By Chris Lane
By Jeff Balke
By Aaron Reiss
By Angelica Leicht
By Dianna Wray
By Aaron Reiss
By Camilo Smith
By Craig Malisow
It was easily one of the least successful nights of my ten-day binge. I knew I'd done something wrong, but I wasn't sure what, so I called up 22-year-old Ryan Cotter, enfant terrible of Houston's gay scene, and asked him for some tips.
"When you see an old guy by himself, he'll do almost anything to not be standing there by himself and to have someone in his company, especially a younger, attractive person," he said. "So try to make some eye contact across the bar and then go over there and say hi. Almost instantly he should offer you a drink. If not, you can inquire about his drink and be like, 'Well, I don't know. I'm trying to decide what to get. I'm not sure what's good here. What do you recommend?' "
When I said that's what Anthony and I had done, he told me it rarely works when you do it as a couple. And that's when it hit me: The mark is going to assume the two of you are together, no matter what you say to the contrary. And even if he does think you're available, he knows you're less likely to run off with an old dude when you have witnesses.
Cotter's been scamming booze far longer than he's been of drinking age, and he offered some other tips that'll work in any bar, gay or straight:
Place an order every time someone gets up and asks if anyone needs anything. It's assumed you'll pay, but we all know what happens when people assume.
Got a friend who always starts a tab? Just go up to the bar when he's not looking and order away.
Clump together with groups when they enter the bar and just throw your order in with theirs. Someone's probably buying the first round.
Tell a friend you'll buy the next round. Don't.
Say you've only got a hundred and the bar won't break it.
And finally, "just go up to a friend or anybody and say, 'Hey, buy me a drink.' You'd be surprised how often that works."
</1> Back to the Source
It looks so inauspicious, tucked away in an industrial park off Hempstead Road in northwest Houston, but Saint Arnold Brewing Company is a must-visit for the booze mooch on Saturdays.
Somewhere between 250 and 400 people come out for the weekly tour, says brewery owner Brock Wagner. "There are about eight people who, if they don't show up, I'm concerned for their health."
On a recent Saturday, 300 visitors crammed together next to the brewery's large metal tanks, listening to Wagner recount the legend of Saint Arnold, who was perhaps the coolest clergyman of all time. Back in the seventh century, Bishop Arnold advised his parishioners against drinking water, saying it was nasty and foul. But beer, on the other hand well, let's just say ol' Arnold was a popular guy.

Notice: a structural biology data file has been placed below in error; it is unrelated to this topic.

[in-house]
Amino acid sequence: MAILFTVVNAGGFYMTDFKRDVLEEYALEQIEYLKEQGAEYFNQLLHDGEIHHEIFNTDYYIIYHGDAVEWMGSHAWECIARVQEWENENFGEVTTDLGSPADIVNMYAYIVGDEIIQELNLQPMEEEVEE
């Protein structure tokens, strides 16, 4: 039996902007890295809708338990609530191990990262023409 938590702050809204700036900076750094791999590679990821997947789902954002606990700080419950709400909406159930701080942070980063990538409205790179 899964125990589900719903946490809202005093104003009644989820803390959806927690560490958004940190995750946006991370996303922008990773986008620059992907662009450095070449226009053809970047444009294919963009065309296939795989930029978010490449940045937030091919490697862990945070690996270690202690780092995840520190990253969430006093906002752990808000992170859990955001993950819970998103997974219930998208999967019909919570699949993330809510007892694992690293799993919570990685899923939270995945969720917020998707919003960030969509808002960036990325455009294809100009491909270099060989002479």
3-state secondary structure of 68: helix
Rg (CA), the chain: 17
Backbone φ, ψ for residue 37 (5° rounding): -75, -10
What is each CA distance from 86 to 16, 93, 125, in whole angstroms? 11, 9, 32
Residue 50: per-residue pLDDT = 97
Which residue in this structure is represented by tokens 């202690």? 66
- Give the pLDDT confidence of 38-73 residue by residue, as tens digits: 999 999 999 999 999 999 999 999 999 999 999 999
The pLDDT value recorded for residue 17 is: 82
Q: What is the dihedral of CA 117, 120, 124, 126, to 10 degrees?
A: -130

And the miracle that earned him sainthood? Shortly after his death, legend has it the procession carrying his body stopped at a pub -- it must've been a long walk -- and discovered the publican had only one mug's worth of beer. But that mythical mug never ran dry and Arnold got the drunken funeral he deserved. And the rest, as they slur, is history.
Wagner and company work hard to keep Arnold's spirit alive, offering up four eight-ounce beers to anyone who comes by. If you want to avoid wasting time in line, snake your way through the crowd during Wagner's speech, so you'll be in front once the floodgates are open, and then you can just get back in line and drink one beer while waiting for the next. Or you could take the slow approach, as many regulars do, bringing their lunches and chilling out on lawn chairs. You make the call.
Many Saturdays you can keep your holy buzz going at Cactus Music & Video, where pints of Saint Arnold Amber Ale are given out during in-store performances. Stop by and you'll see some of the same faces you saw at the brewery.
Another opportunity to drink freely from the source is at Haak Vineyards & Winery in Santa Fe. A friend and I recently drove down, straight through Klan country, to see what kind of freebies Haak had to offer. (In case you're wondering, Haak is the last name of the vineyard's owners, not a misspelled denigration of the wine's quality.) And it was good, at least in terms of free drinking.
Some wine snob next to me at the tasting kept throwing his nose in the air and dumping out his samples, but I drank all six given to me and managed to finagle two more. On the way out, I noticed a full glass of vino on the back porch. It had been sitting there awhile and had even begun to separate a little, but I did what any respectable boozehound would do: I chugged it.
Who's the real wine lover now?
By the eighth day of my drinking streak I was a little short on inspiration (not to mention brain cells), so I set up a meeting with filmmaker and master crasher Michael Ayers to talk freebies. He was roaming around the Wild West parking lot when I arrived.